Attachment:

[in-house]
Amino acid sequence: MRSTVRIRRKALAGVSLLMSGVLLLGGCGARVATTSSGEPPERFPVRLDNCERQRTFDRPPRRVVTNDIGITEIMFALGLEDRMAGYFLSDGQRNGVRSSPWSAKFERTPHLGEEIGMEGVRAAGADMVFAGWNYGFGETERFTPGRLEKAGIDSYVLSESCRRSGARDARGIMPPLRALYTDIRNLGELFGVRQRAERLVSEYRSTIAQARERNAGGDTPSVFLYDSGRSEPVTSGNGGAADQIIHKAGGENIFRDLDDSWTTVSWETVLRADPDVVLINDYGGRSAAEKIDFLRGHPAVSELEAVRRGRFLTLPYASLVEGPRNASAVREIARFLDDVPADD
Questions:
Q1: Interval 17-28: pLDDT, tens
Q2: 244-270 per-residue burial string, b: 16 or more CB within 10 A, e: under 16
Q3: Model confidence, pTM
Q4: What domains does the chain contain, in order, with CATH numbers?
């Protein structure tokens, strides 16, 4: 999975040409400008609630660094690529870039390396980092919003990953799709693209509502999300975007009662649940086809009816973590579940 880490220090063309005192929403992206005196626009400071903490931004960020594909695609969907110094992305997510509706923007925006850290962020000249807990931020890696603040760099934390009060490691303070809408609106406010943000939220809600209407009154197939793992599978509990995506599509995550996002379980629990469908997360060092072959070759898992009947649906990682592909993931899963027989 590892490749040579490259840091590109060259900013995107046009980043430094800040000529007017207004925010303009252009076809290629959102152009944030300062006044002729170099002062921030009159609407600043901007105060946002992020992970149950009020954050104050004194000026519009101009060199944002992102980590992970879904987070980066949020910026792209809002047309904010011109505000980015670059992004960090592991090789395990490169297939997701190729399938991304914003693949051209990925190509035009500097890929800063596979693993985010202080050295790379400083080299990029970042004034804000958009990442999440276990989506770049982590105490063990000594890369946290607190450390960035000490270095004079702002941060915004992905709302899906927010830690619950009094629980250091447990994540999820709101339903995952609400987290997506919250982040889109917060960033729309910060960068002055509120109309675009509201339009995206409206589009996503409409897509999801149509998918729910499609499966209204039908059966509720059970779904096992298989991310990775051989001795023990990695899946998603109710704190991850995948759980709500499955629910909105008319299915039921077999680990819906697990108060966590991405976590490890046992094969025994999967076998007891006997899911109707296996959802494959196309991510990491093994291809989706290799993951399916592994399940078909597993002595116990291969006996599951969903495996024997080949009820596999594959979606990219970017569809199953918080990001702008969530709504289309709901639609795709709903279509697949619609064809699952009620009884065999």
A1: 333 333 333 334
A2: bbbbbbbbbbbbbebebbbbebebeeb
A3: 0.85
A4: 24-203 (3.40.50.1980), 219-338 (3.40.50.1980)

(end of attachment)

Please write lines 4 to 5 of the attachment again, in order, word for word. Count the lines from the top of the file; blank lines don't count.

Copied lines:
Q1: Interval 17-28: pLDDT, tens
Q2: 244-270 per-residue burial string, b: 16 or more CB within 10 A, e: under 16